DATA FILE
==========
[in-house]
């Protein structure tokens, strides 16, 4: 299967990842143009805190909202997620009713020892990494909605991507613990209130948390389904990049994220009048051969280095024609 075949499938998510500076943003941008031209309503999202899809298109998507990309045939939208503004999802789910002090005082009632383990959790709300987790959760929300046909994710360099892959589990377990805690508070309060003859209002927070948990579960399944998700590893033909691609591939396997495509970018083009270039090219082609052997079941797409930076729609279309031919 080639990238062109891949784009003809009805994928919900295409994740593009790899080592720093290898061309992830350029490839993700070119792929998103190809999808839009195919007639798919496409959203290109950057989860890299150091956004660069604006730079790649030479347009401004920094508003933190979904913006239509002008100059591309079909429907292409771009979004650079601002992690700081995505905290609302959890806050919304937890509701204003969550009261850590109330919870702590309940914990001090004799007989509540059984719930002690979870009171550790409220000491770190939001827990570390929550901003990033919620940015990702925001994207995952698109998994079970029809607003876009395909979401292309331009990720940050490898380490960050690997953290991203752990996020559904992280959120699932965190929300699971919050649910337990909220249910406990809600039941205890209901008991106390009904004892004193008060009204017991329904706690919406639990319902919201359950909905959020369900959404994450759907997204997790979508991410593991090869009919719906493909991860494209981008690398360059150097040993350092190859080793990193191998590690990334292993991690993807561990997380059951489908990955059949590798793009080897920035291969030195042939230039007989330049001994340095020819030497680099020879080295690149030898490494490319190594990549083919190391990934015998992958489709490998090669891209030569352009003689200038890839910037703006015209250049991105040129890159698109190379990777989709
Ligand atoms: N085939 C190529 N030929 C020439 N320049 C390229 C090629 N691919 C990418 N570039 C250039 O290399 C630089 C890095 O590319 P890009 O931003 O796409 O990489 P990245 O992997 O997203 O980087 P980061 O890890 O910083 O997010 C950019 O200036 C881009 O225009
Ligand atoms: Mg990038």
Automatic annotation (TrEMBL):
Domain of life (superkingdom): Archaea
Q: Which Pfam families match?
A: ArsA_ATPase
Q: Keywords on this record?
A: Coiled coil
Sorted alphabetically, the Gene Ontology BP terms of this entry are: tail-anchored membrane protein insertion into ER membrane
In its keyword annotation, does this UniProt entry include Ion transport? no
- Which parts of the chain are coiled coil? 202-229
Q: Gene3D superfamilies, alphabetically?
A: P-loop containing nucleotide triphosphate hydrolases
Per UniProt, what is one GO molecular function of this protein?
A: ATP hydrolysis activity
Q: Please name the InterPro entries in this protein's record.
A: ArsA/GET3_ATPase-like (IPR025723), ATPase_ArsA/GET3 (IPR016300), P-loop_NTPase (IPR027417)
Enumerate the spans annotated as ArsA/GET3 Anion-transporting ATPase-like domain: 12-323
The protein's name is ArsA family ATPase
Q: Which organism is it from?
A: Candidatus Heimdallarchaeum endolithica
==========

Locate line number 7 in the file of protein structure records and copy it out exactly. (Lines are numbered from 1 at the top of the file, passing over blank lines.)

Q: Which Pfam families match?